Article: Courage Starts With Uncertainty


The best of what other people have already figured out

Farnam Street has a delightfully clear mission statement: “Farnam Street (FS) is devoted to helping you develop an understanding of how the world really works, make better decisions, and live a better life. We address such topics as mental models, decision making, learning, reading, and the art of living.”

Their bredth is so broad that they feared that readers might be confused. So they took the time to understand and articulate their principles too. “All that we write about, think about, and strive to achieve is inspired by one or more of the following principles. We hope they offer some clarity about what our community believes, and perhaps some direction as you carve your own path.” Their advice is relevant to all of us, as students, teachers or leaders.
Article: Farnam Street Principles


The problem with public domain is that you get to see how dumb so much public work is.

For example, check out National Security Agency (NSA) security/motivational posters from the 1950s and 1960s. It’s a giant pdf of 135 posters that the NSA produced to educate and inspire Americans about their role in keeping national secrets secret. I’m imagining that these adverts were hung in the post office, right next to the Wanted posters. I’m thinking that the Wanted posters got a whole lot more attention. But hey, now they’re free. While you’re there, check out the entire catalog of public domain property that this website gathers and shares. Pack a lunch. It could take some time.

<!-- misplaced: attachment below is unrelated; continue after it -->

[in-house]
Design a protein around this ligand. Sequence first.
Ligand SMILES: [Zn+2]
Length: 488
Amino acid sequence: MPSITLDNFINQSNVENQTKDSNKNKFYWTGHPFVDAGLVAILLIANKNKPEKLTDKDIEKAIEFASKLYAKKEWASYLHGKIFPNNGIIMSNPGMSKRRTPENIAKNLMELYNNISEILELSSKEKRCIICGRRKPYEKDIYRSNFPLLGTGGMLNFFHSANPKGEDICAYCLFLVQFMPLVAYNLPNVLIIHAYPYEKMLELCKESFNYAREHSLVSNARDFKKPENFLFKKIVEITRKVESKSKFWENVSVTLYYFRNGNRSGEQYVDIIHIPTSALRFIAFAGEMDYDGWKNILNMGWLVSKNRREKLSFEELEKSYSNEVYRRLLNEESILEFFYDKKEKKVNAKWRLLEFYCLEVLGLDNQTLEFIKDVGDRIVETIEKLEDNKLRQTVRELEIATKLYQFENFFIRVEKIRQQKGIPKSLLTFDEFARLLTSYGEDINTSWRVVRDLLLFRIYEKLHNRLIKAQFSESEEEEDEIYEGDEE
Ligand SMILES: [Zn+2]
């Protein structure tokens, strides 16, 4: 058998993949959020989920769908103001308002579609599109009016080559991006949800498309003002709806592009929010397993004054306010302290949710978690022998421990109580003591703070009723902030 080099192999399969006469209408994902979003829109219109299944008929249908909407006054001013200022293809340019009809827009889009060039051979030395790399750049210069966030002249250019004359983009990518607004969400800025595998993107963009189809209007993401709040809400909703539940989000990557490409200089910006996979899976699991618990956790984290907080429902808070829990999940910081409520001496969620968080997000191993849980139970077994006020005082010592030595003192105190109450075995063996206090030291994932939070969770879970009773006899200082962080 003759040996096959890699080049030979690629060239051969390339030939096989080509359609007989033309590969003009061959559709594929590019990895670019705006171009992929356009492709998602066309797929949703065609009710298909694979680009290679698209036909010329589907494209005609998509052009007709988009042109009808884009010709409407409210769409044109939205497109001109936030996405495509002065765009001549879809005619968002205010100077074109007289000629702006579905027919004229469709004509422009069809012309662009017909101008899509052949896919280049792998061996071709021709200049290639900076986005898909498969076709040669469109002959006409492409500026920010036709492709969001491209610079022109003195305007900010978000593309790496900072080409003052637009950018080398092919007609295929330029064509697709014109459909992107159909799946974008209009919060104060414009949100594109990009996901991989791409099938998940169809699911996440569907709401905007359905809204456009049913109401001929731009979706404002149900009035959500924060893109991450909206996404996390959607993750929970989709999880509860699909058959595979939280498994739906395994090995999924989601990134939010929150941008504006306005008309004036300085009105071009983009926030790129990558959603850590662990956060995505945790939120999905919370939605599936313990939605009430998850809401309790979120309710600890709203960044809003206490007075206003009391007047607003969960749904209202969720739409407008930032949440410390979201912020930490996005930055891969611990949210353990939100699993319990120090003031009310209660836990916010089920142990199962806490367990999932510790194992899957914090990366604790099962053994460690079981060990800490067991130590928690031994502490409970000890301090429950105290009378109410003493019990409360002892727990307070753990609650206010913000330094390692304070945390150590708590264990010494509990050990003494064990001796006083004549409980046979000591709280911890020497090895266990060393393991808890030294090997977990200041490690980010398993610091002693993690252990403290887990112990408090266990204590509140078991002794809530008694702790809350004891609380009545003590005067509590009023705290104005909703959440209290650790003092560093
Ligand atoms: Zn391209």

Personal Productivity

“Not-to-do” lists are often more effective than to-do lists for upgrading performance.

“The reason is simple: what you don’t do determines what you can do. Here are nine stressful and common habits that entrepreneurs and office workers should strive to eliminate.”
Article: The Not-To-Do List: 9 Habits to Stop Now


How do some of the most successful brands in the world tell their own stories, and then incite their customers to act?

The folks at Brand Trust have uncovered how loyalists feel about 10 of the US’s top brands. Then they explored how these brands’ used their ads to tell these stories to their audiences. This in-depth article explains what a brand story looks like, how brands’ ads reinforce their stories, and how you can create ads that tell your brand story.
Article: The Keys to Successful Brand Stories

Value Proposition

If brands and advertising have become less useful as tools to both companies and consumers, how can businesses grow?

“Attention has become discretionary. The interruptive power of ads has diminished and people are obviously opting out of what doesn’t interest them.” The simplest answer to this reality is to deliver continuous improvement to product and service, to tell a relevant story, and to earn true attention with content that you’d want to read or watch yourself.